Buttman flies again

    Grahamstown, South Africa - There was mirth and amazement when a naked skydiver landed on the Grahamstown army's parade at 8am yesterday morning. Unfazed, the first words Port Elizabeth candidate attorney James Reilly, 36, shouted to the 100-odd soldiers were: "Reporting for action, Sir!". Reilly jumped naked from 4 000m into minus 12 degree air as part of radio station 5fm's Speed Stick Give-it-Stick competition for the wackiest act. He leapt from the plane wearing only a stick of the deodorant bound with sticky tape to his penis. Before the jump, a nervous but excited Reilly was seen running around the EP Skydivers' clubhouse in the nude. The naked Reilly climbed into a light plane at 7.15am and jumped 45 minutes later. Speaking through gritted teeth, he said he endured a 50-second free fall at 200km/h "to get down quicker. It's cold man!" Although he said he was scared of landing barefoot on the gravel, ECN witnessed his agony as he removed the plastic tape. Mr Reilly yelled "Aaaaagh!" for almost 30 seconds as he stripped the binding off, even though his wife Michelle had said playfully: "I'm going to take that off!" She said: "It's madness what people will do for a car." Reilly was bidding to win a five-door Peugeot 206 sedan in the Speedstick Give It Stick And Win a Car Competition. 5FM DJ Kevin Fine said one competitor had "a stick tatooed to her bum." Mr Reilly will be admitted to the bar in the Grahamstown high court on Thursday.
  22. Tony Blair was briefing ministers in the garden of No 10 when they were interrupted by an object dropping out of the skies. It was a 22ft red and yellow paper streamer attached to a large cardboard tube - dropped by Army skydivers to test the wind speed before their jump. It reportedly landed in a minister's lap, blowing paper over Mr Blair. Today a security probe was launched into the incident, which happened yesterday. The skydivers were the Royal Artillery's Black Knights, making a spectacular descent over the Thames, landing by the London Eye. The streamer was dropped by the jumpmaster, Sergeant Tony Goodman, and a gust of wind swept it across Whitehall. Police looked on helplessly as the colourful mass descended. A source said today: "It caused one or two twitches when it appeared above Downing Street. We are looking into any possible security implications." The Army had no idea of the consternation they had caused. Sgt Goodman said: "As far as I was concerned everything had gone fine." Once they arrived back at Woolwich Barracks "everything went mental", he said, adding: "We got phone calls from Whitehall, Land HQ and all these high-ranking people demanding to know what we'd thrown out of the plane. Later we were told the streamer had hit Tony Blair." A Downing Street spokesman admitted: "There was some sort of streamer in the garden. We're not prepared to say whether the Prime Minister was in the garden at the time." Tube hits Tony at No 10 Frank O’Donnell TONY Blair demanded an immediate inquiry yesterday after government business was temporarily paralysed by the first recorded tube strike in Downing Street. The Prime Minister was brainstorming with ministers in the garden of No10 when he was struck by a 22ft red and yellow paper streamer ... attached to a cardboard tube. As the serious business of running the country took a back seat, ministers found the alien object stuffed with headed notepaper from the Army’s Royal Artillery Black Knights skydiving team. A high level investigation quickly discovered the object had been tossed from a plane to test wind speed and direction. As police looked on helplessly, a gust of wind had blown it straight over Downing Street and into the lap of power. The six-man skydiving team - who denied it was the most carefully-orchestrated publicity stunt in history - made the leap on Wednesday to publicise a forthcoming dance and music charity show. Clad in fancy dress, the soldiers dropped over the River Thames to land within feet of the London Eye, unaware of the government windfall. The tube was thrown by Sergeant Tony Goodman, who said: "As far as I was concerned everything had gone fine, but apparently the streamer hit Tony Blair." He said calls started coming in from Whitehall and Land HQ demanding to know what he had thrown. His superior, Captain Dan Lott, said: "We do apologise for interrupting government business but it was a legal requirement to throw out the streamer before the jump, for safety reasons. We don’t want the men ending up in the North Sea." He added: "I’m sure that the Prime Minister has a sense of humour."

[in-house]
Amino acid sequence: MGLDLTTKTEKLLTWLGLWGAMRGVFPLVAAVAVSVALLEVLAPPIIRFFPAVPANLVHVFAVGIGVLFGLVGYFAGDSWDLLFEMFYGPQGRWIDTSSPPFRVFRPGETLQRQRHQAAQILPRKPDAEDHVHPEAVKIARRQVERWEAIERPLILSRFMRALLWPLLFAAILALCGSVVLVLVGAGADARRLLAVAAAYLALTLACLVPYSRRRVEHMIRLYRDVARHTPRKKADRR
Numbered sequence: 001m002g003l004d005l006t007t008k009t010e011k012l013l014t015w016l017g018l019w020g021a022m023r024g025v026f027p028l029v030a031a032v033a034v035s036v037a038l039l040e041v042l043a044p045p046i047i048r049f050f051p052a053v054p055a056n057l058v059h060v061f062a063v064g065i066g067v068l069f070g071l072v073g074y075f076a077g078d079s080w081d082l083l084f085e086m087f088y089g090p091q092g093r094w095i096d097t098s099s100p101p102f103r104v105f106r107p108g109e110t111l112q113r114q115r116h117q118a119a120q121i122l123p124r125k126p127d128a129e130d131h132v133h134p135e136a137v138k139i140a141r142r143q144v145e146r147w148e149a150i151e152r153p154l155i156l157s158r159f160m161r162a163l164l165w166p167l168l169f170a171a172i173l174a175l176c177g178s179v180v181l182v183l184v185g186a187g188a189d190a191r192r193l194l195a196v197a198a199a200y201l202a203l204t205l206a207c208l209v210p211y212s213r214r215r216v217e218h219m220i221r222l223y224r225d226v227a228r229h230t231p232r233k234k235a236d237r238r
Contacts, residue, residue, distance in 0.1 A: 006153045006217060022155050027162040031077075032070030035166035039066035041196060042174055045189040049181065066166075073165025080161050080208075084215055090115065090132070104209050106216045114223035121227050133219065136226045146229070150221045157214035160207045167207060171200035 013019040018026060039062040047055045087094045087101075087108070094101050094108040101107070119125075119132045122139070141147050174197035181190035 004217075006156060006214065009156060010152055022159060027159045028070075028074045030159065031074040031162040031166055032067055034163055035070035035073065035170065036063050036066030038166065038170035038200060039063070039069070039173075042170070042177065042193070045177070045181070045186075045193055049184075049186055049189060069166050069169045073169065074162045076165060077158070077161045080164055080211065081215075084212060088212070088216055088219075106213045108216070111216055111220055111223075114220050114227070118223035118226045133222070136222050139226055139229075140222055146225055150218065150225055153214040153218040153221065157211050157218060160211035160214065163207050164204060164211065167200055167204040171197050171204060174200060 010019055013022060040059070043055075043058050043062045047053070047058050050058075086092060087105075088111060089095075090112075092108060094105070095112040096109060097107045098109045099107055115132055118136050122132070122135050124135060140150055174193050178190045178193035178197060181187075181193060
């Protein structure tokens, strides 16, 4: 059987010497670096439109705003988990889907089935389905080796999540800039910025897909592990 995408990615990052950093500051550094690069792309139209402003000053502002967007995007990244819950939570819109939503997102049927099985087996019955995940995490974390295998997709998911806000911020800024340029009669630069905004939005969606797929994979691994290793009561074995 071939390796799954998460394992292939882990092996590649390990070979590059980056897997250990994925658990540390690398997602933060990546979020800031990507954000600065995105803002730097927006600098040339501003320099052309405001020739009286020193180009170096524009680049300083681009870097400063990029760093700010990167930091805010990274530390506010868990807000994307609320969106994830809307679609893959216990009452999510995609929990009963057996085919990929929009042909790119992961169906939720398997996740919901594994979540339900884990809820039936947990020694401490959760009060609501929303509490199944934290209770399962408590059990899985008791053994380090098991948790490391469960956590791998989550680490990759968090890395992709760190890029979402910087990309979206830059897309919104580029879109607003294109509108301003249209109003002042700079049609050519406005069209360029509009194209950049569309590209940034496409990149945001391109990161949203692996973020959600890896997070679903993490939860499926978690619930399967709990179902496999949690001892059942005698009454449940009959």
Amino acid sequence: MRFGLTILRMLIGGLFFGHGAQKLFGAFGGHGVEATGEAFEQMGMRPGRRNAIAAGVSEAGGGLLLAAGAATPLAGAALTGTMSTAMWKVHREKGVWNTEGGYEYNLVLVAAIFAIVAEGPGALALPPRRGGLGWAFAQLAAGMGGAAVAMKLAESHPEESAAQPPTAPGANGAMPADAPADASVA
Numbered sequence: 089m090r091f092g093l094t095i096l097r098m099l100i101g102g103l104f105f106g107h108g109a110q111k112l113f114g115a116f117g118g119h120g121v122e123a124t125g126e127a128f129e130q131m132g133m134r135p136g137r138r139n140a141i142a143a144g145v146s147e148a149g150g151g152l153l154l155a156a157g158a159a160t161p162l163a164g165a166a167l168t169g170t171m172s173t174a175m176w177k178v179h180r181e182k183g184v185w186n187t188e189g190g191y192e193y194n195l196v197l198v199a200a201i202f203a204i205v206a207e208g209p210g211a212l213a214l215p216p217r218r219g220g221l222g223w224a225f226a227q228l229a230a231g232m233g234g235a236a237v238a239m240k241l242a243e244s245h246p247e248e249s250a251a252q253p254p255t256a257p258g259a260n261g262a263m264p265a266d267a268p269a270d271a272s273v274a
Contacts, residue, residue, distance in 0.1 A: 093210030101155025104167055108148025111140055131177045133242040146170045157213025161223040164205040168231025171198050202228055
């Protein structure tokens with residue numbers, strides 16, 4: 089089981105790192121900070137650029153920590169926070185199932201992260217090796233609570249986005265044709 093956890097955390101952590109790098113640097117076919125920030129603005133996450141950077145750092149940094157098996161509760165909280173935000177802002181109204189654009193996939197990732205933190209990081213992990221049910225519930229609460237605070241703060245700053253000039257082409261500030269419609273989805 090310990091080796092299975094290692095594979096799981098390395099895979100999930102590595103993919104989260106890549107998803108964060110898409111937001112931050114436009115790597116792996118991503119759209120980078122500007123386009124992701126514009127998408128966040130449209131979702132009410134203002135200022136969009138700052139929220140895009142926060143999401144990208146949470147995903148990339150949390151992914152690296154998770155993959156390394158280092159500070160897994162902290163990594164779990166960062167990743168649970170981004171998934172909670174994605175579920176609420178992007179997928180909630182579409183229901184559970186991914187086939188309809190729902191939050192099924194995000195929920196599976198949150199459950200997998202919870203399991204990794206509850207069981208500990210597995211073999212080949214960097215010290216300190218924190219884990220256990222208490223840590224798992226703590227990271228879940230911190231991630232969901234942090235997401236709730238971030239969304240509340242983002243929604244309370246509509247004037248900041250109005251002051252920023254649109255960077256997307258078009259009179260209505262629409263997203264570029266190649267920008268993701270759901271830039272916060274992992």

23. admin

    Beatles fall from the sky?